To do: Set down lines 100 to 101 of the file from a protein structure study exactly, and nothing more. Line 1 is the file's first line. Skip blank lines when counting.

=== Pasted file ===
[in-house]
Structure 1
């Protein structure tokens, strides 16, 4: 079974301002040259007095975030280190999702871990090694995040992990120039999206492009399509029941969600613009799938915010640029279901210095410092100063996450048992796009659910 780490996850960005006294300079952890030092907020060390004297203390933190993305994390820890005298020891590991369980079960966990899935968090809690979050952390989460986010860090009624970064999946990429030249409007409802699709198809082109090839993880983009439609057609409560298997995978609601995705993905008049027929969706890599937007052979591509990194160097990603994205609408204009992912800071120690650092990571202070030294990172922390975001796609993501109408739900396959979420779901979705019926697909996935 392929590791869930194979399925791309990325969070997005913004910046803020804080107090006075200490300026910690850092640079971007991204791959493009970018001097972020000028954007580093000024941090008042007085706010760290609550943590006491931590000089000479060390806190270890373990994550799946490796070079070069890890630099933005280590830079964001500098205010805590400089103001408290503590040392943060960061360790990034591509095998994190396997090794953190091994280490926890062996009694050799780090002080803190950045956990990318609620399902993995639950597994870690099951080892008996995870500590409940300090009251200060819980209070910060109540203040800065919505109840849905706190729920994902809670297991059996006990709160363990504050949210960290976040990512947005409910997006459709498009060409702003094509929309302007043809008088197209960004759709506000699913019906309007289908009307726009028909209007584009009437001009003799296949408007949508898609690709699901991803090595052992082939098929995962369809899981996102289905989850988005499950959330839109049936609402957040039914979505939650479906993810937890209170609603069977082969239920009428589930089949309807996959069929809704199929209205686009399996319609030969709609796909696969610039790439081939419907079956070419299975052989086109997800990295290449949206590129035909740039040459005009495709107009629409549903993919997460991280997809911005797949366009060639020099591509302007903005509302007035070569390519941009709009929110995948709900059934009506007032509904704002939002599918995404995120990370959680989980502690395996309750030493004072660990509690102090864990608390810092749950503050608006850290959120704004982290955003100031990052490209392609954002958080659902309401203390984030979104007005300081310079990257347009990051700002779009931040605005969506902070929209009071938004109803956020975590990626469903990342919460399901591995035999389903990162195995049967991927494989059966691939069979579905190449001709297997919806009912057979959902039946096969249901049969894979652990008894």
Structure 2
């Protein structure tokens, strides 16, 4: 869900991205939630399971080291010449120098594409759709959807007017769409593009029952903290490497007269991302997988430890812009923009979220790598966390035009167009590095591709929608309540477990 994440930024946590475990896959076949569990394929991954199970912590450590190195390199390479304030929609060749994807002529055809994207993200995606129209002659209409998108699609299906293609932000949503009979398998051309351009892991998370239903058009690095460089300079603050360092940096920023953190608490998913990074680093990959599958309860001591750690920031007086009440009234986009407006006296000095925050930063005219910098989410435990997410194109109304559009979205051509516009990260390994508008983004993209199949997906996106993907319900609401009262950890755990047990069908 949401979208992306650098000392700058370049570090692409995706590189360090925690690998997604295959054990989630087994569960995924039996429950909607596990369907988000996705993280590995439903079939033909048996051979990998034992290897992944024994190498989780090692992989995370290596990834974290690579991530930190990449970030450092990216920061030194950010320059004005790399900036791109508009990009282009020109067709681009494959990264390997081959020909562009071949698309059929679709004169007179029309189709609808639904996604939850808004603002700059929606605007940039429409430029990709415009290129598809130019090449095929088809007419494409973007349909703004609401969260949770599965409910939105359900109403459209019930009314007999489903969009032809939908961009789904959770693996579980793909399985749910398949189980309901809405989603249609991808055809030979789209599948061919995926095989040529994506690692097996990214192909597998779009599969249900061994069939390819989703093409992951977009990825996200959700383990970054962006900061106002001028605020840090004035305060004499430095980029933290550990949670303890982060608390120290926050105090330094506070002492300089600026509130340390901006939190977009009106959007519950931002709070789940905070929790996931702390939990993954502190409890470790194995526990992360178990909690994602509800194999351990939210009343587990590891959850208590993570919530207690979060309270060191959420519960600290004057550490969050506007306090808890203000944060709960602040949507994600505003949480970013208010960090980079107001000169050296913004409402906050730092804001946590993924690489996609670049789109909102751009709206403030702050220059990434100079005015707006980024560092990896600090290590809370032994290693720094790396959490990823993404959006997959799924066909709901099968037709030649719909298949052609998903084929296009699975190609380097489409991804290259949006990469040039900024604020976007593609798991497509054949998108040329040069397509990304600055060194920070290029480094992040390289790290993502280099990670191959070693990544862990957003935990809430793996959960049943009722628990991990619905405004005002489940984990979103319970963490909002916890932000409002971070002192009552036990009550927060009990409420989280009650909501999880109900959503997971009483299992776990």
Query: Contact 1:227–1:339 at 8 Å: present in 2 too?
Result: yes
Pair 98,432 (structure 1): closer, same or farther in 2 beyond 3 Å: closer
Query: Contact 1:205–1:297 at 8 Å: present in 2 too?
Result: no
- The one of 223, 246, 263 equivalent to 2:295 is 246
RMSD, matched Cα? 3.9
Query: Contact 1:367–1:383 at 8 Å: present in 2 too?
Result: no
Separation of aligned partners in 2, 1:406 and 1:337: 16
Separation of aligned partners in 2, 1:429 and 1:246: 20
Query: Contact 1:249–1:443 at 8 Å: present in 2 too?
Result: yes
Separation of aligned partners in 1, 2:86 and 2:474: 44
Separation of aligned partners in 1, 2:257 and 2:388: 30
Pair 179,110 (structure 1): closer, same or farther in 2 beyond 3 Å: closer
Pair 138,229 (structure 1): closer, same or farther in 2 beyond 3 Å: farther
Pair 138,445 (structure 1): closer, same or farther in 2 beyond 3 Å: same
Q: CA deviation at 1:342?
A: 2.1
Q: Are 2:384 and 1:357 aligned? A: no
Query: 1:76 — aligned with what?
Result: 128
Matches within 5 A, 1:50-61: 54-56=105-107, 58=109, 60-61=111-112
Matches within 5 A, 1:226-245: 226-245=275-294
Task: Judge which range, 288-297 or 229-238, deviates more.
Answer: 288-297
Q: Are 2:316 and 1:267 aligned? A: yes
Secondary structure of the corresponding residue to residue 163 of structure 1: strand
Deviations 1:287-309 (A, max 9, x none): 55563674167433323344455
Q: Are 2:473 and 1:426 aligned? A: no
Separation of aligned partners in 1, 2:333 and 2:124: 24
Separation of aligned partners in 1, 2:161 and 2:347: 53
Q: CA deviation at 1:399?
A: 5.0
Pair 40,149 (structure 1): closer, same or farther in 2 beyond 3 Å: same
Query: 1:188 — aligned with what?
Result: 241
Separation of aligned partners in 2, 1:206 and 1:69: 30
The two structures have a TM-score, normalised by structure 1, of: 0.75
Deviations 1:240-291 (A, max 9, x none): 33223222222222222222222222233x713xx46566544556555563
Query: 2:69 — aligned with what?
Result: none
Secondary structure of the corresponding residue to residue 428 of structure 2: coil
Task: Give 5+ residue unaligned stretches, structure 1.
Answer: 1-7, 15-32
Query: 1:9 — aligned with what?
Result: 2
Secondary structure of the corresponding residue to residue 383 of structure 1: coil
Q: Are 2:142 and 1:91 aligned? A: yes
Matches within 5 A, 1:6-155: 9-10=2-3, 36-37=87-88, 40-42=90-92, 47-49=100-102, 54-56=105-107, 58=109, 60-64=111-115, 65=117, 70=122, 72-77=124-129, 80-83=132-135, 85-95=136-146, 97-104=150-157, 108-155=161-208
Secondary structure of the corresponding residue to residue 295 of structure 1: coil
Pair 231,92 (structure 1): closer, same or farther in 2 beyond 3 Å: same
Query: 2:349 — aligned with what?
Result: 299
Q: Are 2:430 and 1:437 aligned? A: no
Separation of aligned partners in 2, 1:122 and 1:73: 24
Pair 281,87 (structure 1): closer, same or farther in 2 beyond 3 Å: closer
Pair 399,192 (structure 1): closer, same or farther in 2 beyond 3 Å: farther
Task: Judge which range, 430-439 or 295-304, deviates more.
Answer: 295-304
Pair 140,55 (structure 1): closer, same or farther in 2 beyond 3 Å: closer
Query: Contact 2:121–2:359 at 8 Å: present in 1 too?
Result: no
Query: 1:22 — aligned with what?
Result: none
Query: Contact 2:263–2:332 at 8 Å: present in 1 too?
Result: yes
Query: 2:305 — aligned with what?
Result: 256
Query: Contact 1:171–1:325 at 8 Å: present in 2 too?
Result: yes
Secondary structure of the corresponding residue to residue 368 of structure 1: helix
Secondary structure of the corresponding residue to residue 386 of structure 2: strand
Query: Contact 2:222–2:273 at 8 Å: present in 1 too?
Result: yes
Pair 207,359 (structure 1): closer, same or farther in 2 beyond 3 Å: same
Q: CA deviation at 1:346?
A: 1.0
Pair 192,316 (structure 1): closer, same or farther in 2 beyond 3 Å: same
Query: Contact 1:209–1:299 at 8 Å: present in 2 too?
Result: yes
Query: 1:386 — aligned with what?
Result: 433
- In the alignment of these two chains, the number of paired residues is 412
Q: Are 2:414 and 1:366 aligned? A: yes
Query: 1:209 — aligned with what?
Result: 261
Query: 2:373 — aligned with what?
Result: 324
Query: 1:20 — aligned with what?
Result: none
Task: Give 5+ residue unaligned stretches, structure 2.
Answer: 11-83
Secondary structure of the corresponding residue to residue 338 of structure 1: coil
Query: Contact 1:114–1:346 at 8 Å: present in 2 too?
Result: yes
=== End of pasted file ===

Secondary structure of the corresponding residue to residue 338 of structure 1: coil
Query: Contact 1:114–1:346 at 8 Å: present in 2 too?